Uncut Gems doesn’t ever let up. This is hardly an original sentiment about this film or any other Safdie brothers film, for that matter. They’re known for their uncomfortable and in-your-face style that’s totally intent on constantly keeping you in the moment. However, Uncut Gems is different from their other films in that it feels a lot more purposeful with how it uses stress. It’s integral to the very nature of its main character, Howard Ratner (Adam Sandler), showing how much this tension and unease dictate his entire life.
The film centres around Howard Ratner, a New York City jeweller with an addiction to gambling, as he places bets all over town hoping to score big. We follow him as he tries to balance his home life, business, affairs, and debts with one another. Howard could’ve easily ended up a very frustrating character but the inspired casting of Sandler is what makes it all come together so well. It gives him an inherent sort of vulnerability through the sort of goofy charm that is usually associated with Adam Sandler.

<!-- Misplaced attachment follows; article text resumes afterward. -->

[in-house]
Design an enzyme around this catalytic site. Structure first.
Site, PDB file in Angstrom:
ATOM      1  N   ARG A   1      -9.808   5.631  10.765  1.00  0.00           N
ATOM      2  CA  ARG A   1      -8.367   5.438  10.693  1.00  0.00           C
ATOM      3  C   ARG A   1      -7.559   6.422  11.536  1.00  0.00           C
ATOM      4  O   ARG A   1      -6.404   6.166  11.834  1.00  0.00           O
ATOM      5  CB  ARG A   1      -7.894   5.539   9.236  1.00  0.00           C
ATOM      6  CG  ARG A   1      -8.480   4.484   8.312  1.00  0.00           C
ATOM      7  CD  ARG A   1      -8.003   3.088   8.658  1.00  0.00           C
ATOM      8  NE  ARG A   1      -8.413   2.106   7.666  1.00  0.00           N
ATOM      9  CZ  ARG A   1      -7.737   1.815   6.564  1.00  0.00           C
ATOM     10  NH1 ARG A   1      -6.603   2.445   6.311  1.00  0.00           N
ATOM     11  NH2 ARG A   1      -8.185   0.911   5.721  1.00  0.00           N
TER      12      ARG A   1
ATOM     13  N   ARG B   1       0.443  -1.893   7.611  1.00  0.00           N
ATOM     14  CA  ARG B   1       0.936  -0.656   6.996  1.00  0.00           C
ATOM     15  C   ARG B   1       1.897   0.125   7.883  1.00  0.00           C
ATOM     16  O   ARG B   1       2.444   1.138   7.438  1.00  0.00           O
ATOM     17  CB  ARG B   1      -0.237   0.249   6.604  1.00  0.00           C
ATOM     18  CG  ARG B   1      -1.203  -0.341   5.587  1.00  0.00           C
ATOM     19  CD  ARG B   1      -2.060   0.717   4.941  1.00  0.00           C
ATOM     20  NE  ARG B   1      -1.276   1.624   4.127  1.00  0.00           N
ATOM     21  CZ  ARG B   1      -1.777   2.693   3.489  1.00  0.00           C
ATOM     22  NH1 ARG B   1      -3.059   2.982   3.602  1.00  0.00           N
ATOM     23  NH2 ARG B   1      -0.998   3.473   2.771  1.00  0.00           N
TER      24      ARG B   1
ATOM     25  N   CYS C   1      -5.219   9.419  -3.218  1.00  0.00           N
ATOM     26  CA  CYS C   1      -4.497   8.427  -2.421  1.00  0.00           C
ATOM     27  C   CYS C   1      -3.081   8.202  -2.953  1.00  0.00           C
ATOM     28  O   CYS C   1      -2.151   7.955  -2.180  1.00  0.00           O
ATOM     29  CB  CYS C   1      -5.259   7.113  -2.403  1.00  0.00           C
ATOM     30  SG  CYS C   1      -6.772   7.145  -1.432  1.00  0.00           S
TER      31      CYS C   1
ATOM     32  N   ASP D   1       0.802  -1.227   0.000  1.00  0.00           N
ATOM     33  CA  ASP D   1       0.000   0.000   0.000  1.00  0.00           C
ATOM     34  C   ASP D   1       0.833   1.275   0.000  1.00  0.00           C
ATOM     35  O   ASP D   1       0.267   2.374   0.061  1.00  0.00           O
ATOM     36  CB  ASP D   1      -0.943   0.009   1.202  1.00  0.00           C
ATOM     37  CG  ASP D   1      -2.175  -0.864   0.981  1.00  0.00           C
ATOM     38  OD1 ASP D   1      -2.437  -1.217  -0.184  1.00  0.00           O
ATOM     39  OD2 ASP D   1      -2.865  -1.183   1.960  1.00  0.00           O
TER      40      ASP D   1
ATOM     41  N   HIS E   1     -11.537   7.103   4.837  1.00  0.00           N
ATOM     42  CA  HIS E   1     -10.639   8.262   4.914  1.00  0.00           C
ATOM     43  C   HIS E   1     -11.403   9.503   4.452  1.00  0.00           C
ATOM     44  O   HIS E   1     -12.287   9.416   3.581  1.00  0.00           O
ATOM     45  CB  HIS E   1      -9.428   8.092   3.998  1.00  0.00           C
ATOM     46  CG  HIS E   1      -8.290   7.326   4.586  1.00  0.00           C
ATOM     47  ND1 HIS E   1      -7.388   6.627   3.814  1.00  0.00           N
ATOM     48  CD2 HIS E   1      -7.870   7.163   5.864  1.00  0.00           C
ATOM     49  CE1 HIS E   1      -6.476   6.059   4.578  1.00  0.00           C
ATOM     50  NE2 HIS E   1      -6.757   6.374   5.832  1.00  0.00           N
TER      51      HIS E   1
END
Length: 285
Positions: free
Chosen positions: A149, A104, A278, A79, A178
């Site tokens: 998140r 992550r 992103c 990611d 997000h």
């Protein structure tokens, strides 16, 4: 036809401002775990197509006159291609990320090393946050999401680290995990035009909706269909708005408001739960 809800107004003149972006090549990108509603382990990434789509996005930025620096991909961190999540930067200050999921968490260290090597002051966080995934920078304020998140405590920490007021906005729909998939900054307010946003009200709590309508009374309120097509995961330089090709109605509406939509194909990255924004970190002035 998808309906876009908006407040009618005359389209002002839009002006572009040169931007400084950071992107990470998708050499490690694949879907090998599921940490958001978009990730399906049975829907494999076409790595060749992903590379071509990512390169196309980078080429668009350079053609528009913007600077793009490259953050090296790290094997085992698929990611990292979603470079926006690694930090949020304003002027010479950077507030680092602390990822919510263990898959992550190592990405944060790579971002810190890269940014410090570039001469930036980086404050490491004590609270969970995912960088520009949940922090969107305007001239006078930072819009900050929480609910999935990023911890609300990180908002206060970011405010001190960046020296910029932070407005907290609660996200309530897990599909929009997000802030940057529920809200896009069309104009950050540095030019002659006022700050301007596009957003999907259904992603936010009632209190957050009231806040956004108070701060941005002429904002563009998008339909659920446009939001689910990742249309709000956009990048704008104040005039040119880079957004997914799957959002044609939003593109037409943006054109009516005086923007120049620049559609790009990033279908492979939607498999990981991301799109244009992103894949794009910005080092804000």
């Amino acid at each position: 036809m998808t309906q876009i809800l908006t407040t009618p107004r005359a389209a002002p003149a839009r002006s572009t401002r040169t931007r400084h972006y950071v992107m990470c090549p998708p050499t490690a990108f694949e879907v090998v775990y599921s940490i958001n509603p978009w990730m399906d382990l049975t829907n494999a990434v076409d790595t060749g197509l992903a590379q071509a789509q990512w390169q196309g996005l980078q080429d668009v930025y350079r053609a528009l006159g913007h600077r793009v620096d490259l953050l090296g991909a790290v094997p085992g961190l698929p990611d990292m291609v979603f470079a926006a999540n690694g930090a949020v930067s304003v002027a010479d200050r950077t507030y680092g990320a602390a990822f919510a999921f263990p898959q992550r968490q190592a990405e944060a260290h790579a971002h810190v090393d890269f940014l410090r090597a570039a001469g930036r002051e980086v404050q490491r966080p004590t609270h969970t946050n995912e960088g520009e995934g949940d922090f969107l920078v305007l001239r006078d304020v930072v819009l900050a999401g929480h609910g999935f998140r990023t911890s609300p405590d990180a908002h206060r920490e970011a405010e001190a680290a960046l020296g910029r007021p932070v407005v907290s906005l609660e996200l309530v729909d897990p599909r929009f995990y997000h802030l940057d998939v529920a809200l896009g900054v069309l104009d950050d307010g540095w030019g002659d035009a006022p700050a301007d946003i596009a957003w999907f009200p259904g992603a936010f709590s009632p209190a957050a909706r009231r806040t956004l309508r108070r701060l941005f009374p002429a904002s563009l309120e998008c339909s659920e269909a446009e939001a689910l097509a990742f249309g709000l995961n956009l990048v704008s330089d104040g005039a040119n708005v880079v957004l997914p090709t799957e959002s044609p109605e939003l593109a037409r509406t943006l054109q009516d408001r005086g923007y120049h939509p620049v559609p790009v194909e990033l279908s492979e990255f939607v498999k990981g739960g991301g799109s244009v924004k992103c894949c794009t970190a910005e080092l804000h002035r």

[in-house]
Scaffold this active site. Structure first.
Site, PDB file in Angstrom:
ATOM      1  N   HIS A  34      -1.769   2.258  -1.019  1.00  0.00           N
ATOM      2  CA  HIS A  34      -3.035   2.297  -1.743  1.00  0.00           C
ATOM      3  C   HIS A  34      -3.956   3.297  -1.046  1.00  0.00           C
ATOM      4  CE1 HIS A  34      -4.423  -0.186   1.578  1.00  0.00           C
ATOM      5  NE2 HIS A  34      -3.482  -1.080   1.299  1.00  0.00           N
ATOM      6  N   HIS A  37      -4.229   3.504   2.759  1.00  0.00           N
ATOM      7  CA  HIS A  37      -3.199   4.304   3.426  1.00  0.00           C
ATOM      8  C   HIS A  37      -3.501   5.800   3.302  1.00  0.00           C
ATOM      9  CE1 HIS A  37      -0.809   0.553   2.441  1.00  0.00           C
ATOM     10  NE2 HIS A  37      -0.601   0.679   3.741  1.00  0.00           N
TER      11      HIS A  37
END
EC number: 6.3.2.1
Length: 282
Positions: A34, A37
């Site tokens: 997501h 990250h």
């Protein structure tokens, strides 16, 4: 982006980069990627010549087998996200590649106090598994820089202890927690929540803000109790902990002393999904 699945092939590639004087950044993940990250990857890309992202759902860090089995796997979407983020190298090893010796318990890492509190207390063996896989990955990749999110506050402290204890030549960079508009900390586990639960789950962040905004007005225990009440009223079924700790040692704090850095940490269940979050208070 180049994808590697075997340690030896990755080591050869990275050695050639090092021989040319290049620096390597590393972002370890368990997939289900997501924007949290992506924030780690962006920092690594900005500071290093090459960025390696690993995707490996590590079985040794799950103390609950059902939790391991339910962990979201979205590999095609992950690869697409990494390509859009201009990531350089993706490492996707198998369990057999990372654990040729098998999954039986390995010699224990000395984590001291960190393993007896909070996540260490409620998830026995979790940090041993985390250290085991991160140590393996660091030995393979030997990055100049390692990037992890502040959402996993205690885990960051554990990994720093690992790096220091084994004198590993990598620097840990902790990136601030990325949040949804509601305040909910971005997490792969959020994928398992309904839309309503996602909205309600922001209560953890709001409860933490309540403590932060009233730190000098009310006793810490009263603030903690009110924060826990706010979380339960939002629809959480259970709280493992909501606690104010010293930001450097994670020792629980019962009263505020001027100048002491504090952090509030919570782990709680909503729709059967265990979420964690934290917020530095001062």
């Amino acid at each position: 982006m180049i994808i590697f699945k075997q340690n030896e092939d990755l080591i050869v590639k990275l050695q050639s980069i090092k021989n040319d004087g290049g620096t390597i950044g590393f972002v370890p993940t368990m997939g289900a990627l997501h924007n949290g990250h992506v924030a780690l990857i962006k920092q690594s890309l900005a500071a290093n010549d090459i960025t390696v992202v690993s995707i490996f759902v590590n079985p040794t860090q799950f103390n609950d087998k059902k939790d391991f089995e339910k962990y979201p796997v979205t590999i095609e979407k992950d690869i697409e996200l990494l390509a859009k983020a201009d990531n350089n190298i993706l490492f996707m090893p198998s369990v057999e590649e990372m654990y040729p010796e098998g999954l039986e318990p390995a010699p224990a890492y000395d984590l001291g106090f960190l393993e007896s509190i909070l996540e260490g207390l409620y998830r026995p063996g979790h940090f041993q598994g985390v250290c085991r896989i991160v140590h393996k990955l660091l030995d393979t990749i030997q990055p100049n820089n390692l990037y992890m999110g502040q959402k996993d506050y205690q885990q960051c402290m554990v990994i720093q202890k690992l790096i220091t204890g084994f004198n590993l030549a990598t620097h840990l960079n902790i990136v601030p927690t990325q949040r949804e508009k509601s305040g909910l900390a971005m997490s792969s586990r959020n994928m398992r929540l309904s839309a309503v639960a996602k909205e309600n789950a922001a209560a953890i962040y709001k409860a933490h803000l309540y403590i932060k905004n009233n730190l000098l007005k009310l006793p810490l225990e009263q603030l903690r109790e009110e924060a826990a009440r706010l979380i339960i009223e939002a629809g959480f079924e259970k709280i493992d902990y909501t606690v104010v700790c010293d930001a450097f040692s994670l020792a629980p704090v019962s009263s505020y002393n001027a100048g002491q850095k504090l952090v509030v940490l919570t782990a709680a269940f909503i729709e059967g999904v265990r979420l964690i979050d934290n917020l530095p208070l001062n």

The soaring synth score by Daniel Lopatin (aka Oneohtrix Point Never) is able to place us in Howard’s shoes by creating this constant sense of euphoria. Where Lopatin’s work on Good Time was concerned with getting your heart racing; this one is more focused on capturing that sense of elation and the rush of riding a bet. It’s about that constant tension of whether or not it’ll all pay off or not, constantly compounding blind luck and bad luck.
Additionally, the Safdies’ focus on real-life events gives the film a sort of meta quality while still ultimately remaining a piece of fiction. The basketball games that Howard is betting on are from the 2012 semifinals series between the Boston Celtics and Philadelphia 76ers, with Celtics-player Kevin Garnett even portraying a fictionalised version of himself. This makes the story feel all the more engaging by directly relating it to a real-world context.
Uncut Gems is currently streaming on Netflix, and while a theatrical release would’ve been welcomed with open arms; there’s something more intimate about watching it on a smaller screen that prevents the film’s intensity from being overbearing. Hopefully, the success of this film (even if it was snubbed by the Oscars) leads to even greater success for the Safdie brothers in future!